Bring on the chickadees
by Larry Seiler, Laona, WI, USA
I think of those years I used to buy booth space at art shows. There were those artists that would get together after the show to talk about their hot items. If it was the songbird known as a chickadee sitting on a snowy branch, well, then there would be a dozen more artists doing chickadees for the next few shows. They’d put one framed chickadee out appearing as an original. If it sold they’d watch the buyer disappear after about four booth spaces down, then reach back and pull up another and set it out.
Preparations for the road
by Janet Toney, Greeneville, TN, USA
My friend and I went on the road all day yesterday. We drove up and down a couple of the Bald Mountains of Eastern Tennessee / Western North Carolina. We live on one of them as well, and we drove a couple miles up our own road as well. Our mission photographs, for their own sakes and to paint from later. A joyous mission! We learned some things about such trips:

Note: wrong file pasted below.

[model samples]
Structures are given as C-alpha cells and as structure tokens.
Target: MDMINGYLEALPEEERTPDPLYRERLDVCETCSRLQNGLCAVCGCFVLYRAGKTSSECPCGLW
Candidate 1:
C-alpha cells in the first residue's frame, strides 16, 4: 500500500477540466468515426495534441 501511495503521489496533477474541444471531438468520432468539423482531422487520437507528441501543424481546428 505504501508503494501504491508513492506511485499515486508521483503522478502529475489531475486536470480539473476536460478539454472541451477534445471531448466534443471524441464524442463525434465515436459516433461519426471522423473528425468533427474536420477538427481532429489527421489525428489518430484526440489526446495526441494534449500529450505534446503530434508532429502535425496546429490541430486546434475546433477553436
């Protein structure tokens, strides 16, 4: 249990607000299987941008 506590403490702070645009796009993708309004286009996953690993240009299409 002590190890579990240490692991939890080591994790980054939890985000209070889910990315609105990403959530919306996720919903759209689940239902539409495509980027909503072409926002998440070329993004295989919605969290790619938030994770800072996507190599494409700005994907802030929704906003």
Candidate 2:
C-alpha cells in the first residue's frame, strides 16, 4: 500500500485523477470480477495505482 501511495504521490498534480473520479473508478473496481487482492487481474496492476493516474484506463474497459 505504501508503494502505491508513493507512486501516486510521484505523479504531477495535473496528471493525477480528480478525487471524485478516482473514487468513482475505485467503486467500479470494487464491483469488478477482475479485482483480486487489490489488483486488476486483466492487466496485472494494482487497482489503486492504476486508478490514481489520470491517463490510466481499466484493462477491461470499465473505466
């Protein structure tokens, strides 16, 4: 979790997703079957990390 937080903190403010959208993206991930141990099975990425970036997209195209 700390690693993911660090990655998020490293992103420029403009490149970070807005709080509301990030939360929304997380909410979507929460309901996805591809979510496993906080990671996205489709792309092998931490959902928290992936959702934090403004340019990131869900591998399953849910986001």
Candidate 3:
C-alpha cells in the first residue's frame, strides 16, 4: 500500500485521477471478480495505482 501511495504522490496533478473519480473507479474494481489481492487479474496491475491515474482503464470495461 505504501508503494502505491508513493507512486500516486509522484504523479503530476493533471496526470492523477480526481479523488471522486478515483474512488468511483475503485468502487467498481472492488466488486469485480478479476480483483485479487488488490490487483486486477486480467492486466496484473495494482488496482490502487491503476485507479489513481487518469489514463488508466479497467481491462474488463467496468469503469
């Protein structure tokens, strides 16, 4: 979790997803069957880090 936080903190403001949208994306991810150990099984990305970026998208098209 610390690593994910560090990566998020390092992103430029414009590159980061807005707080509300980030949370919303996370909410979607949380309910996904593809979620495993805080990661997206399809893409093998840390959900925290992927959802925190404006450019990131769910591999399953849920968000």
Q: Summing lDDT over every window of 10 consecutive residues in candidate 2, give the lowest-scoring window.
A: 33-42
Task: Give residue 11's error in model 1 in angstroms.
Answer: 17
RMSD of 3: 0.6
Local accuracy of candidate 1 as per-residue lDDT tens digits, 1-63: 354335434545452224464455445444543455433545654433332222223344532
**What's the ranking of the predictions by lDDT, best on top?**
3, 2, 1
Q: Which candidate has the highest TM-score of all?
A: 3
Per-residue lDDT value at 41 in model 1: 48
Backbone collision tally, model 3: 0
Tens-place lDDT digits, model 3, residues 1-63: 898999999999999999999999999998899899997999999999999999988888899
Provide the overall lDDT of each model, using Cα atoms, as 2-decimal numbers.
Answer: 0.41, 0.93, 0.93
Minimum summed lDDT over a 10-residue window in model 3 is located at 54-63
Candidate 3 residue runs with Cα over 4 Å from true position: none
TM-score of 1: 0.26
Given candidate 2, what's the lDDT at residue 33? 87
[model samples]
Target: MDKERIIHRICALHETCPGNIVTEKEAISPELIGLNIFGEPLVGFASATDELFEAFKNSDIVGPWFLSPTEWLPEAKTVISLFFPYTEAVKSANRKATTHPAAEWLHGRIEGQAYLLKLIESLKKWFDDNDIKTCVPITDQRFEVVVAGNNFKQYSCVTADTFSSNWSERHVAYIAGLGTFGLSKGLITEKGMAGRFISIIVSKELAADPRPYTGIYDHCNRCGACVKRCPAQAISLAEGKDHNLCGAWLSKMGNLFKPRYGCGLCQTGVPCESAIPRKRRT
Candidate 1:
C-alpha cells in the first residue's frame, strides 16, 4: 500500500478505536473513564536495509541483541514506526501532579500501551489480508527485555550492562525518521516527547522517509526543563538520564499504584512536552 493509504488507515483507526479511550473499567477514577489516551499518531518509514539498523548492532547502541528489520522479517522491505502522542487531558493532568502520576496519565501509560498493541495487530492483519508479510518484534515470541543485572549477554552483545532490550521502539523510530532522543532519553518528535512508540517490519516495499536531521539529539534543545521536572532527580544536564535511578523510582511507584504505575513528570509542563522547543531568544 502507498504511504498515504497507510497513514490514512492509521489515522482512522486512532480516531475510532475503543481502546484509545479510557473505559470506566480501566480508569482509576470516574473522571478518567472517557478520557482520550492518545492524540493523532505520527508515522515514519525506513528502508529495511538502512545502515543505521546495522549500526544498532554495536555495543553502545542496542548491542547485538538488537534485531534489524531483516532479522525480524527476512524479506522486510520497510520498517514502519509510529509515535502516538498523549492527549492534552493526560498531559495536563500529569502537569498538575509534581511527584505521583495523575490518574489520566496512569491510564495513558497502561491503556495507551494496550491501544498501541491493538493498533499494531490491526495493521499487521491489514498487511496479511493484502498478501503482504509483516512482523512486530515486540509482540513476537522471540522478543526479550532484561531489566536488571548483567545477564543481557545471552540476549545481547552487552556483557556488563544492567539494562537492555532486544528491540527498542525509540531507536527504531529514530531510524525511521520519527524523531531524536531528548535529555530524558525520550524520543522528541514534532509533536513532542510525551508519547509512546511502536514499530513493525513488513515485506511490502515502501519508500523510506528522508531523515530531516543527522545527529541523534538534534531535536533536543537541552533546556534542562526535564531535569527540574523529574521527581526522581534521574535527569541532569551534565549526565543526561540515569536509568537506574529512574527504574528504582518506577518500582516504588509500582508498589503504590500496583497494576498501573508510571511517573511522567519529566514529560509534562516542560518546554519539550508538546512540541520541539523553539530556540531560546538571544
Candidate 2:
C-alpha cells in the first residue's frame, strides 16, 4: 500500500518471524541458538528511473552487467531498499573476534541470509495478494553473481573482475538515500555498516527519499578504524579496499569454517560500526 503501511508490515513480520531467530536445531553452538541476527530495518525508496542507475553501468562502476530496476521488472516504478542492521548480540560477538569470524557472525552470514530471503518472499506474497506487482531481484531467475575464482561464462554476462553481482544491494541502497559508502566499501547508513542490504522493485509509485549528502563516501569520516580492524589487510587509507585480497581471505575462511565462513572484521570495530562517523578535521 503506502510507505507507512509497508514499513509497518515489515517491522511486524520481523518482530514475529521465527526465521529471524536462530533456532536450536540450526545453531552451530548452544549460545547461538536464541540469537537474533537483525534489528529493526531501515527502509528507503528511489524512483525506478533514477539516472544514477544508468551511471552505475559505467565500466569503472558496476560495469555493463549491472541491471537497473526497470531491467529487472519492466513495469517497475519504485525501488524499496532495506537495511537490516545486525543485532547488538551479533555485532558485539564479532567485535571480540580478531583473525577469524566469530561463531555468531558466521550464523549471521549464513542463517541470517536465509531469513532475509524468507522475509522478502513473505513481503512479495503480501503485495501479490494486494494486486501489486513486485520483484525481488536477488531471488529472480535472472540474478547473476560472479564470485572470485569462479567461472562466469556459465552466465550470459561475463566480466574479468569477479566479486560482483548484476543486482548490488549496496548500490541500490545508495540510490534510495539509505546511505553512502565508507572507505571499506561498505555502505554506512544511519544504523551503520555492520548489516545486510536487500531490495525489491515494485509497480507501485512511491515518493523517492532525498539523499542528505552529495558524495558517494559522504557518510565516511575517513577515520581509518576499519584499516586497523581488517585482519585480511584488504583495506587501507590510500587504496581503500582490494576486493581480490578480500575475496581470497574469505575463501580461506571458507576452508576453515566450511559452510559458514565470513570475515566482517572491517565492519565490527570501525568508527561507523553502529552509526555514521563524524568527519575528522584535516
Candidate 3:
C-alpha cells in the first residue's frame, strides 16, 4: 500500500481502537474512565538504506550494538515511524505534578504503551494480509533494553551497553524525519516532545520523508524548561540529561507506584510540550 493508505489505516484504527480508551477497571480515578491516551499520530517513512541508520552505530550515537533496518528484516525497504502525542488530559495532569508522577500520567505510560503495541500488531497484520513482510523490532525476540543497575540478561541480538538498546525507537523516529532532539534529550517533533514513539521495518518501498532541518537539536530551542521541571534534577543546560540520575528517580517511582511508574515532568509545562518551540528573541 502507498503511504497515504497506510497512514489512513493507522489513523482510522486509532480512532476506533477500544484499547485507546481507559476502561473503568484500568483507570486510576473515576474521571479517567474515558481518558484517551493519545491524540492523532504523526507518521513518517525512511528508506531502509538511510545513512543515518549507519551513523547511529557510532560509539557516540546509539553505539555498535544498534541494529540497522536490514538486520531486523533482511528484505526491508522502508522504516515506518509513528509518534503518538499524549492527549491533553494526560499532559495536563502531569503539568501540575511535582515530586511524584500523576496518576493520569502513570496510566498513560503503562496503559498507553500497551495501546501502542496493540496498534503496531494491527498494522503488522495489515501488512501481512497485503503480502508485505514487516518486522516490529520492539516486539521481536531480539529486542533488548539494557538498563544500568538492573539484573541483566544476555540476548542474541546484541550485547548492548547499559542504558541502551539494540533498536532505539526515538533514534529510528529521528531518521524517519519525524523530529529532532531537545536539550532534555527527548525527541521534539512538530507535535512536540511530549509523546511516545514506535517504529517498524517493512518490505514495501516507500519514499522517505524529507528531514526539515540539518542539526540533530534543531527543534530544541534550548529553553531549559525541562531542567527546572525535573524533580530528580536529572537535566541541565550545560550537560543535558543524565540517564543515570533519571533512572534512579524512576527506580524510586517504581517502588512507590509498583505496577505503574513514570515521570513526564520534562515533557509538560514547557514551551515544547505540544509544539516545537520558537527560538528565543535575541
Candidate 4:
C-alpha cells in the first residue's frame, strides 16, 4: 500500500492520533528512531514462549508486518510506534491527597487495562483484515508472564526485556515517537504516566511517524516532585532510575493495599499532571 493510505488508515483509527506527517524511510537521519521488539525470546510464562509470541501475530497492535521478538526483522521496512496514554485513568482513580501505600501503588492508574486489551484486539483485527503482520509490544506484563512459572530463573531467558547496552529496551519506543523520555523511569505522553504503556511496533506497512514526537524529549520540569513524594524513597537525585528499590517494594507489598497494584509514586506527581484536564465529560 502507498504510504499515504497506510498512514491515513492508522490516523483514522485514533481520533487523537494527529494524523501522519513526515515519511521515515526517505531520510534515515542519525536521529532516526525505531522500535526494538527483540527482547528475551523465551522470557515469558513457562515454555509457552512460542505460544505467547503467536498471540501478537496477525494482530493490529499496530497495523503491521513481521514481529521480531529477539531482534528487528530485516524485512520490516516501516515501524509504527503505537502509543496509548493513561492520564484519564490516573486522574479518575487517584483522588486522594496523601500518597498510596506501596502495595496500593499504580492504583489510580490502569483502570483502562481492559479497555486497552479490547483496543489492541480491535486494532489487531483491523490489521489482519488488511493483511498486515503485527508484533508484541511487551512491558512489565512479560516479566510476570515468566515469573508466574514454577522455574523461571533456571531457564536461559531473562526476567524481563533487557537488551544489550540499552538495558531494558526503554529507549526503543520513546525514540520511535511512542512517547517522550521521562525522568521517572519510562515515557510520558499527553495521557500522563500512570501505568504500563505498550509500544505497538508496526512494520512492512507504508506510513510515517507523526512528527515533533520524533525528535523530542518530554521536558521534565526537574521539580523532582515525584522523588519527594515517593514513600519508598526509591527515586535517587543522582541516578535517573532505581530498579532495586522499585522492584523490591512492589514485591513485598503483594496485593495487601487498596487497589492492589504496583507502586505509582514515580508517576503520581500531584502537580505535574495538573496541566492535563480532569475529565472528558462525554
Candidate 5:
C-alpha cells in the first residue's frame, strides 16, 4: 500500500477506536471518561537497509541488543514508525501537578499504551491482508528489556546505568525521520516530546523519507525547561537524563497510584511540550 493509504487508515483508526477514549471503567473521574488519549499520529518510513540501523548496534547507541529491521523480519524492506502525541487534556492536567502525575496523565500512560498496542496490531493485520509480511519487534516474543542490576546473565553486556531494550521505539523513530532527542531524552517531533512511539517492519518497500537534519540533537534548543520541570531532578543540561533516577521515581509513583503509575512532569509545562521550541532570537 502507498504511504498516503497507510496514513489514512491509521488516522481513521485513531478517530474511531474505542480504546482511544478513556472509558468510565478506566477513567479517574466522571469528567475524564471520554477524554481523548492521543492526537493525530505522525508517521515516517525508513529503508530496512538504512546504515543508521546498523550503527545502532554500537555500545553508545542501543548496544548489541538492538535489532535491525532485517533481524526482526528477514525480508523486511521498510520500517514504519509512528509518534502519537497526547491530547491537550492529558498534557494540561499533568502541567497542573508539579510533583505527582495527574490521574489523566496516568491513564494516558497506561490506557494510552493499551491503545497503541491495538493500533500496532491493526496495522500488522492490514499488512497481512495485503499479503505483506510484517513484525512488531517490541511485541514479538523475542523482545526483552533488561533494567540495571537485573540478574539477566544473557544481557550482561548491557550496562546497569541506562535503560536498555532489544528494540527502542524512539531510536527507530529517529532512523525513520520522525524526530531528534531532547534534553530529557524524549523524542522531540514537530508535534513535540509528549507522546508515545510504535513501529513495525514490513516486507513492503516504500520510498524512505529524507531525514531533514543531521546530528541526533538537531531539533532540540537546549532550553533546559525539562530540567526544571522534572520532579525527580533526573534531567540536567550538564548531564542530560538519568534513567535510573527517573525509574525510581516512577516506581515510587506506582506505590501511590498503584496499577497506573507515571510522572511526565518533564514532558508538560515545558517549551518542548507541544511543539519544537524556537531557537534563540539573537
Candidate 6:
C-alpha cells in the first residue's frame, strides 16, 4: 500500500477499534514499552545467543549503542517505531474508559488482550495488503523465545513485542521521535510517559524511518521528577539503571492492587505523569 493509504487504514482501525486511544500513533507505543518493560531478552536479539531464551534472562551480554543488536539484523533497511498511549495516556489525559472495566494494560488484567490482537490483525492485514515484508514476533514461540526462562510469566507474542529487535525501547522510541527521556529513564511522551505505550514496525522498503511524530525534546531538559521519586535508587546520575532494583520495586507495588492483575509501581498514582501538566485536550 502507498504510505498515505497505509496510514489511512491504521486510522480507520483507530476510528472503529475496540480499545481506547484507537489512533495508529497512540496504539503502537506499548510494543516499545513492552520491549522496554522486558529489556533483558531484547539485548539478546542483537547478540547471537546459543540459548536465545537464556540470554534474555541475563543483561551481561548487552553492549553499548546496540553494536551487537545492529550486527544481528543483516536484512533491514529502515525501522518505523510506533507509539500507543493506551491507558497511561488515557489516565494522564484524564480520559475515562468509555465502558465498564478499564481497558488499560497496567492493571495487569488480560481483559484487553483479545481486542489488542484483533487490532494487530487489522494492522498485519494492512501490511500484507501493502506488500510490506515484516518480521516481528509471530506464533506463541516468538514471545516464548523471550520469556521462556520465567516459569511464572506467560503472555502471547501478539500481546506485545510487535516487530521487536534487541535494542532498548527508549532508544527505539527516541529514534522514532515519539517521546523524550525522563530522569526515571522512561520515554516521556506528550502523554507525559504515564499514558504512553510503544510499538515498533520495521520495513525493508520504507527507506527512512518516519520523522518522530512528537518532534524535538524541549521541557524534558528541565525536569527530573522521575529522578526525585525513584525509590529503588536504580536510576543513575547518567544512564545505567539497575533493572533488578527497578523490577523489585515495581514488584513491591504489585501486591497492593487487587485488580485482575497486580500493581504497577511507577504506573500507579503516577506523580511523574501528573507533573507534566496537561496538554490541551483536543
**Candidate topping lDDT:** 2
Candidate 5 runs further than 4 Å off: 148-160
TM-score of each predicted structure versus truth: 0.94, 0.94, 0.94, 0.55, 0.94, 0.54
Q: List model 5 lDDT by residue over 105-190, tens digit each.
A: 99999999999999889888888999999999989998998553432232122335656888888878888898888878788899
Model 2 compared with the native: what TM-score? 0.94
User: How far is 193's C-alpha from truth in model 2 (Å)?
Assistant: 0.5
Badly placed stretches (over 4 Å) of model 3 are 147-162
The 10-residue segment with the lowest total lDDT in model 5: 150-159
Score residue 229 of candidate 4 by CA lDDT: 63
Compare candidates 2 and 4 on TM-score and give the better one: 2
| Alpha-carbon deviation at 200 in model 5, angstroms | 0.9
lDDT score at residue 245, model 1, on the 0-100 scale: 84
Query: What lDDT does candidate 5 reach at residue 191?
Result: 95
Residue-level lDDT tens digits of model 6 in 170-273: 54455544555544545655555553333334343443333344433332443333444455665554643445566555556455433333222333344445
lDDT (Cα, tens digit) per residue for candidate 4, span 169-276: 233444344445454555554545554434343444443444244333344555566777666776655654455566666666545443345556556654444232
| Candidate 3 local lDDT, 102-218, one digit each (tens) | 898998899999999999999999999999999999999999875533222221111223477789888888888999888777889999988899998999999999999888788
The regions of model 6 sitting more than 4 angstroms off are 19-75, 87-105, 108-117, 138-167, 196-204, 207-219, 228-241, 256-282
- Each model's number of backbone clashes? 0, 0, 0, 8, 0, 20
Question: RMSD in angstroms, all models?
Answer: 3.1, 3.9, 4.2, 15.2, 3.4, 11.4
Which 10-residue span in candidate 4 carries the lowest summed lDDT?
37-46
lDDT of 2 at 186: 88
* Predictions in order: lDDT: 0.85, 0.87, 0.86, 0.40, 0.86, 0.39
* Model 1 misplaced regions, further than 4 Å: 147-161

1. Take a cooler for water, and the chocolate you might need.
2. Take tons of film or large disc cards, and tons of batteries for your camera! Those little display screens on the digital cameras only give a hint as to what has been “captured,” so it’s impossible to tell if deleting one is a good idea.
3. Prepare yourself for the “wild” adventure. Whatever you need to feel comfortable in such a situation, take it with you, just in case.
4. Don’t plan too many places for one day trip, that is if you want to get home in time to have dinner with your husband or energy left to tell him where you went and what you did or the strength to handle seeing that irritated look he may give you when you do get home.
5. Always take a sense of humor along with your sense of adventure.
by Jo Tuck, London, UK
Two of my paintings turned up in a stall in Nottingate, UK, and the buyer wanted me to sign authenticity certificates in turn for getting me a show somewhere. I have no knowledge of sales of these two and we have had building work done. Anyway I was advised to just say that as far as I could tell they were mine. It could be an elaborate scam, what do you think? He asked if I would like to buy them!